13.2.3 access.log Peering Codes

The following codes may appear in the ninth field of the access.log. Refer to Section 10.10 for a description of how Squid selects the next-hop for cache misses.


This indicates that Squid didn't communicate with any other servers (neighbors, origin) for this request. You'll see it in association with various types of cache hits, denied requests, cache manager requests, errors, and all ICP queries.


Squid forwarded the request directly to the origin server. The second half of the field shows the origin server's IP address, or hostname if you've disabled log_ip_on_direct.


Squid sent the request to this sibling cache after the sibling returned an ICP or HTCP hit.


Squid sent the request to this parent cache after the parent returned an ICP or HTCP hit.


Squid selected this parent because it was marked as default on the cache_peer line in squid.conf.


Squid forwarded the request to this parent because it is the first parent in the list known to be alive.


Squid forwarded the request to the parent cache that was first to respond with an ICP/HTCP miss message. In other words, for this particular ICP/HTCP query, at this particular time, the selected parent had the best round-trip time. Note that measured RTTs may be artificially adjusted by the weight option to the cache_peer directive.


Squid selected this parent because it reports the lowest RTT to the origin server. This occurs only if both caches have netdb enabled (see Section 10.5), and the origin server (or other servers on its subnet) returns ICMP pings.


This is similar to CLOSEST_PARENT_MISS, except that the RTT measurements don't come from the ICP/HTCP reply messages. Instead, they come from older measurements saved by Squid, such as the netdb exchange feature.


Squid forwarded the request to the origin server based on netdb measurements. This happens if any of these conditions occur:

  • The RTT between Squid and the origin server is less than the configured minimum_direct_rtt value.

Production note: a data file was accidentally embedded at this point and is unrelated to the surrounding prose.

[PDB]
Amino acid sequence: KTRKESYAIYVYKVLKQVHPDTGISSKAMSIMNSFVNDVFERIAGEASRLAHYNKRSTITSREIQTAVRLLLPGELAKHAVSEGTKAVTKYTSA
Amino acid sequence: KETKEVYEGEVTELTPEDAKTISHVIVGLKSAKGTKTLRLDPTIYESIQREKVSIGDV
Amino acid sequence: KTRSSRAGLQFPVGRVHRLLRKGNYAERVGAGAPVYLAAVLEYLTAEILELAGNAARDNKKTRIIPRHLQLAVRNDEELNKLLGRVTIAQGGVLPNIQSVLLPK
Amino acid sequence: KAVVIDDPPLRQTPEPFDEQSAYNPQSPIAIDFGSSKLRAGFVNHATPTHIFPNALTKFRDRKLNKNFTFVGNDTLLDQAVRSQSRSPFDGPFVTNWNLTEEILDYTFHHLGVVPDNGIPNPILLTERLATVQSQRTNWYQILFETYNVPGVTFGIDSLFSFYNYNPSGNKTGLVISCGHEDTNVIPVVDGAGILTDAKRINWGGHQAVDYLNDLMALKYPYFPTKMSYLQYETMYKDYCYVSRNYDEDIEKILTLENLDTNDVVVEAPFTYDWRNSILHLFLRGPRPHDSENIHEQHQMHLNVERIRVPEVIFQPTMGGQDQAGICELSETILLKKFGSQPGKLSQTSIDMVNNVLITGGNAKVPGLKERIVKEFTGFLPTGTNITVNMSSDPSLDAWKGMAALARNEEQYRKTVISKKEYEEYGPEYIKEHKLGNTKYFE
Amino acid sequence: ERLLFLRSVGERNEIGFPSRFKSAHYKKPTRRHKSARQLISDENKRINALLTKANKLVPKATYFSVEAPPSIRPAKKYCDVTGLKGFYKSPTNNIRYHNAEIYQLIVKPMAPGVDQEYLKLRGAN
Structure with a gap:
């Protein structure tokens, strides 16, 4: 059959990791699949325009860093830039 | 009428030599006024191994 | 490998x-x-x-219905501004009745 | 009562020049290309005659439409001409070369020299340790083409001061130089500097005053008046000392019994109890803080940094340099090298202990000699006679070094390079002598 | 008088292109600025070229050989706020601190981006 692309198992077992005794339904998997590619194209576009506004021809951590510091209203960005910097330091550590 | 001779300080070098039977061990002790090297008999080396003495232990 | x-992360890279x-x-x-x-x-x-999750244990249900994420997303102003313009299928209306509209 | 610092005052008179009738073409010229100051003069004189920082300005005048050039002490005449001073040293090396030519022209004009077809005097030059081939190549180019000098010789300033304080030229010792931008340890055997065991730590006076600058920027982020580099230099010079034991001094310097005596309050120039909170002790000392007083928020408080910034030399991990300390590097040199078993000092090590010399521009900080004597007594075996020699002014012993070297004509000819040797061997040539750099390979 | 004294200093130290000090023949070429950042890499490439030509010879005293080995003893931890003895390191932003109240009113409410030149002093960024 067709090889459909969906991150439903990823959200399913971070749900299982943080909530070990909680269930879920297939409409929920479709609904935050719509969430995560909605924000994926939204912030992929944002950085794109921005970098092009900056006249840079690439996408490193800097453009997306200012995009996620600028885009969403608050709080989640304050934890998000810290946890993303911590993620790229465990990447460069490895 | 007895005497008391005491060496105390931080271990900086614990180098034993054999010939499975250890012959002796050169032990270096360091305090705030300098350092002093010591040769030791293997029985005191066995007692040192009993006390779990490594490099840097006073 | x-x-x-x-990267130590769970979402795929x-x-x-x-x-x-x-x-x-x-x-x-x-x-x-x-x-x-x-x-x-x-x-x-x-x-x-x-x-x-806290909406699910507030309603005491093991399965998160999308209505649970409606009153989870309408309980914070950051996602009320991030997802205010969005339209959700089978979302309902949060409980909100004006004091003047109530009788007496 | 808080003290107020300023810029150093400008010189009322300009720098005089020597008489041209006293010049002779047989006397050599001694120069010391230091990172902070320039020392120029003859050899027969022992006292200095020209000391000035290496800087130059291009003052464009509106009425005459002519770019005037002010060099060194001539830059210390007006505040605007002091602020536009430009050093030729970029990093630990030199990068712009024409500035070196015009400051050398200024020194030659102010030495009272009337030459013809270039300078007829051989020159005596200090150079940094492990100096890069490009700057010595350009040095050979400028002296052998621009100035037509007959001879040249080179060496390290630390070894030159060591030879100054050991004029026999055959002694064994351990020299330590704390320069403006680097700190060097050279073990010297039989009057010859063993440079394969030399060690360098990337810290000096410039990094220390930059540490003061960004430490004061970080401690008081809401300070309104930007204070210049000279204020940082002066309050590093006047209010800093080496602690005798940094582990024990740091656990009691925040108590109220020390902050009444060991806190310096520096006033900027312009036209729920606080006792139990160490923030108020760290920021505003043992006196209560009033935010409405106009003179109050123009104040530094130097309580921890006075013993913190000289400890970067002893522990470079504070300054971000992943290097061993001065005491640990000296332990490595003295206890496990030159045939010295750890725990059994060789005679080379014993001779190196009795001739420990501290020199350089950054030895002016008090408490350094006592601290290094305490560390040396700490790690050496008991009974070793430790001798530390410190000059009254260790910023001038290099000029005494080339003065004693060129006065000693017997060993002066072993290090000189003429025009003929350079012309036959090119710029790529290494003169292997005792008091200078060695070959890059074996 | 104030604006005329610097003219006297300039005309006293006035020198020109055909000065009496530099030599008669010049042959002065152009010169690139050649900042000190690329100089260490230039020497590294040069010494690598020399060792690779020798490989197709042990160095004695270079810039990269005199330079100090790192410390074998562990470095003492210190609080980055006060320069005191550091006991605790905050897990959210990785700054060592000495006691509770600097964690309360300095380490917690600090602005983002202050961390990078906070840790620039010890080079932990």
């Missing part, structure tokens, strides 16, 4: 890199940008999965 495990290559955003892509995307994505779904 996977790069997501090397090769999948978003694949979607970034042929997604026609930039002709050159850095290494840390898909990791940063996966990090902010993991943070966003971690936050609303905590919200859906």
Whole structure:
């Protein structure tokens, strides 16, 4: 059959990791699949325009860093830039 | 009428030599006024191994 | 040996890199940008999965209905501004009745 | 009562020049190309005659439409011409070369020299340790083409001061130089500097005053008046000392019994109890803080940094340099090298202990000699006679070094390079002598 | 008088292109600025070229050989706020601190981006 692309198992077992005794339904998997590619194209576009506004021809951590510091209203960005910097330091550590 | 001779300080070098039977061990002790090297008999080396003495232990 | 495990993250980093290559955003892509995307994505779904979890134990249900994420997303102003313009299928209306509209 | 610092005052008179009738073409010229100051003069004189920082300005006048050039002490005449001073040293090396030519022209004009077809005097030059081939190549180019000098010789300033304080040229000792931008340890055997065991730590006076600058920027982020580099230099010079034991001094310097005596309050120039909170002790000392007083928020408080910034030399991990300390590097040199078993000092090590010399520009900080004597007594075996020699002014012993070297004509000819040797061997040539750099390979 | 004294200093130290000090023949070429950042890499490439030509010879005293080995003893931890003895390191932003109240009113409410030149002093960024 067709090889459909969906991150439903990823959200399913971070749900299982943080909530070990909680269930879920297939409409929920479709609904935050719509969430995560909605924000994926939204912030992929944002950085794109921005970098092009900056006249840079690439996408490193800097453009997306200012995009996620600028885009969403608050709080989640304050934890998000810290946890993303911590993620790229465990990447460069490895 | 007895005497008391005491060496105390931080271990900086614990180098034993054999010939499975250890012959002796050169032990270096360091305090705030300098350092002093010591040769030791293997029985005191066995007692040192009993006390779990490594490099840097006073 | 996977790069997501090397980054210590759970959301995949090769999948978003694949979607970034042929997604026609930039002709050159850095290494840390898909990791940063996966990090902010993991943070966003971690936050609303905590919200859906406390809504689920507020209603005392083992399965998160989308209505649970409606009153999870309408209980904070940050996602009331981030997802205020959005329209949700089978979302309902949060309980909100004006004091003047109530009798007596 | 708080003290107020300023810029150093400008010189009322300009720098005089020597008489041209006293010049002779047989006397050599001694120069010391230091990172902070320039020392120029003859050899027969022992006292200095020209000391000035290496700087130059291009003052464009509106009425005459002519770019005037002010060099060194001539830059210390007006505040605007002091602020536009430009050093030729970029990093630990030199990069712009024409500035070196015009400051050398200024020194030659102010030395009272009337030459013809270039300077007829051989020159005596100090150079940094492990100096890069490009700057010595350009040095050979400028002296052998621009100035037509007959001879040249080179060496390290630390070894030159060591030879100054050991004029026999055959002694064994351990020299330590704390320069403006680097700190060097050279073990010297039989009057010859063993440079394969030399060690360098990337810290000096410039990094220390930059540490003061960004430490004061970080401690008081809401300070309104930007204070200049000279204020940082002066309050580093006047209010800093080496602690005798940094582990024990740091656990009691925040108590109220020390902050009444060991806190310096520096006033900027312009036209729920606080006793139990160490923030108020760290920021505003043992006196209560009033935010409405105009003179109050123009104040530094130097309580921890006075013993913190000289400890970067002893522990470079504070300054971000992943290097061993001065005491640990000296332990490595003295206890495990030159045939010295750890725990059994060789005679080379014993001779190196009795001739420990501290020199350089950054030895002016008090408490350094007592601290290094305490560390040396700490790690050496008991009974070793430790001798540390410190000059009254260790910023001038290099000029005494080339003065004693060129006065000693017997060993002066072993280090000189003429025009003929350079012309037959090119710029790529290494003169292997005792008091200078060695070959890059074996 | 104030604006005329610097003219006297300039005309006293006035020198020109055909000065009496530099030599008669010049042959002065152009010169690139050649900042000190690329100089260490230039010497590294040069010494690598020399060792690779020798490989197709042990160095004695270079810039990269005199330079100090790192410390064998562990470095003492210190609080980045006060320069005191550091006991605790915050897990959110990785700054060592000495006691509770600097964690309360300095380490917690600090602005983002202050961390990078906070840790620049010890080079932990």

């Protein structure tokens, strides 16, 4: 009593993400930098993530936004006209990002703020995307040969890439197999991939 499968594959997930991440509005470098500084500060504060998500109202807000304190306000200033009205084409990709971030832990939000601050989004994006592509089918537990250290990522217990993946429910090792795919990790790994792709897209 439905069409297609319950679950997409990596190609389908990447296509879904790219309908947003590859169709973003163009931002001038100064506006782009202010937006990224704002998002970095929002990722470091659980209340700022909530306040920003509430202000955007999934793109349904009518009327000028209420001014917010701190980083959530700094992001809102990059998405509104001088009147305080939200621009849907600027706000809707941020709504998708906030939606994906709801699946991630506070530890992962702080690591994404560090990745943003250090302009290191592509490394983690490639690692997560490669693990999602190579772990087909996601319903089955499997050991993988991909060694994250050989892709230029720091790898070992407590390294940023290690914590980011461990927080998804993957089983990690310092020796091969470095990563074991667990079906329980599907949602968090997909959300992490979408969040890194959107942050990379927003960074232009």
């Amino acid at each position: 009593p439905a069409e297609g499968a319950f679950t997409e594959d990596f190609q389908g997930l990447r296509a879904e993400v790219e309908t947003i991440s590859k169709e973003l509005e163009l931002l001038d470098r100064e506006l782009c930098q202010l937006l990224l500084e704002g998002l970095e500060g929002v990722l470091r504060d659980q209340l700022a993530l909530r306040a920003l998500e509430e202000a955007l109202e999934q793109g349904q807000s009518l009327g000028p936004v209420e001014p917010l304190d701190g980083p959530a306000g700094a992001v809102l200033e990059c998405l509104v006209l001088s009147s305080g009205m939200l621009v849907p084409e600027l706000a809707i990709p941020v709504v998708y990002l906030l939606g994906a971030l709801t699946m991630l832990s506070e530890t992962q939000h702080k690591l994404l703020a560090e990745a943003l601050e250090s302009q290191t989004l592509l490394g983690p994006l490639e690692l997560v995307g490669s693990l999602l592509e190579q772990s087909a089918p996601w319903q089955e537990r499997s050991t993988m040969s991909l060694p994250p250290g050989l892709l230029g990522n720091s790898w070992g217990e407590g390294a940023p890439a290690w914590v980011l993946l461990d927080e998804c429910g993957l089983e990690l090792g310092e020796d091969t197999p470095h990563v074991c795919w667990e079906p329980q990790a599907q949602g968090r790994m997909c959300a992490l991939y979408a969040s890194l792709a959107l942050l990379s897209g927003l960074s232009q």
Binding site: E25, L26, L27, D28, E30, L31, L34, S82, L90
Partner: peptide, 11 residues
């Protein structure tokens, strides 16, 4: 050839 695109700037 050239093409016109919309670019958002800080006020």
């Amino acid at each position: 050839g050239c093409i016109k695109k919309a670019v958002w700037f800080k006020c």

• The measured number of router hops between Squid and the origin server is less than the configured minimum_direct_hops value.

  • The RTT values returned in ICP/HTCP replies indicate that Squid is closer to the origin server than any of its neighbors.


Squid forwarded the request to this parent because the round-robin option was set, and it had the lowest usage counter.


Squid forwarded the request to this parent based on the Cache Digest algorithm (see Section 10.7).


Squid forwarded the request to this sibling based on the Cache Digest algorithm.


Squid selected this parent based on the Cache Array Routing Protocol algorithm (see Section 10.9).


Squid selected this parent as a last resort because none of the other methods resulted in a viable next-hop.

Note that most of these codes may be preceded by TIMEOUT_ to indicate that a timeout occurred while waiting for ICP/HTCP replies. For example:

1066038165.382    345 TCP_MISS/200 2836

        GET http://www.caida.org/home/images/home.jpg

        TIMEOUT_CLOSEST_DIRECT/ image/jpeg

You can adjust the timeout with the icp_query_timeout directive.

13.2.4 Configuration Directives That Affect access.log

Following are the configuration file directives that affect the access.log in one way or another. log_icp_queries

This directive, enabled by default, causes Squid to log all ICP queries. If you're running a busy parent cache, this may make your access.log files huge. To save space, disable this directive:

log_icp_queries off

If you disable ICP query logging, I suggest that you monitor the number of queries, either through the cache manager or with SNMP. emulate_httpd_log